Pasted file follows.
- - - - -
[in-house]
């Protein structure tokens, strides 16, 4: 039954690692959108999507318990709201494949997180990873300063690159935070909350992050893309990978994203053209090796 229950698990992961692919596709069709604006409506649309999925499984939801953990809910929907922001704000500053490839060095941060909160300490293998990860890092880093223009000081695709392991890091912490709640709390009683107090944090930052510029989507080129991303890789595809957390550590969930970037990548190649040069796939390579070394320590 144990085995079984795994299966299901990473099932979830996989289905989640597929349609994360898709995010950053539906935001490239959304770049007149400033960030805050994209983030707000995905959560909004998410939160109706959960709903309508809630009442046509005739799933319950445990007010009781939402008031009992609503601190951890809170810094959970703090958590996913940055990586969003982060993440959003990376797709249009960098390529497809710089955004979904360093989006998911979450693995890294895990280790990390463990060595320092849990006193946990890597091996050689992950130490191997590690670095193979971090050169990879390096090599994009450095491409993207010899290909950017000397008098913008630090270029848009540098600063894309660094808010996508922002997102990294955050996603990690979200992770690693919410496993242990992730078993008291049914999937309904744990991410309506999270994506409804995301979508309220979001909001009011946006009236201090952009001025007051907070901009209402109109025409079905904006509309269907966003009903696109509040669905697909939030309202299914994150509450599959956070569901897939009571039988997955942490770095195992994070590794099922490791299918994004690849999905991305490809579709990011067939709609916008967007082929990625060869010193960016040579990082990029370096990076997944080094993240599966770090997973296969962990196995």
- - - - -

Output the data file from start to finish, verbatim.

[in-house]
């Protein structure tokens, strides 16, 4: 039954690692959108999507318990709201494949997180990873300063690159935070909350992050893309990978994203053209090796 229950698990992961692919596709069709604006409506649309999925499984939801953990809910929907922001704000500053490839060095941060909160300490293998990860890092880093223009000081695709392991890091912490709640709390009683107090944090930052510029989507080129991303890789595809957390550590969930970037990548190649040069796939390579070394320590 144990085995079984795994299966299901990473099932979830996989289905989640597929349609994360898709995010950053539906935001490239959304770049007149400033960030805050994209983030707000995905959560909004998410939160109706959960709903309508809630009442046509005739799933319950445990007010009781939402008031009992609503601190951890809170810094959970703090958590996913940055990586969003982060993440959003990376797709249009960098390529497809710089955004979904360093989006998911979450693995890294895990280790990390463990060595320092849990006193946990890597091996050689992950130490191997590690670095193979971090050169990879390096090599994009450095491409993207010899290909950017000397008098913008630090270029848009540098600063894309660094808010996508922002997102990294955050996603990690979200992770690693919410496993242990992730078993008291049914999937309904744990991410309506999270994506409804995301979508309220979001909001009011946006009236201090952009001025007051907070901009209402109109025409079905904006509309269907966003009903696109509040669905697909939030309202299914994150509450599959956070569901897939009571039988997955942490770095195992994070590794099922490791299918994004690849999905991305490809579709990011067939709609916008967007082929990625060869010193960016040579990082990029370096990076997944080094993240599966770090997973296969962990196995």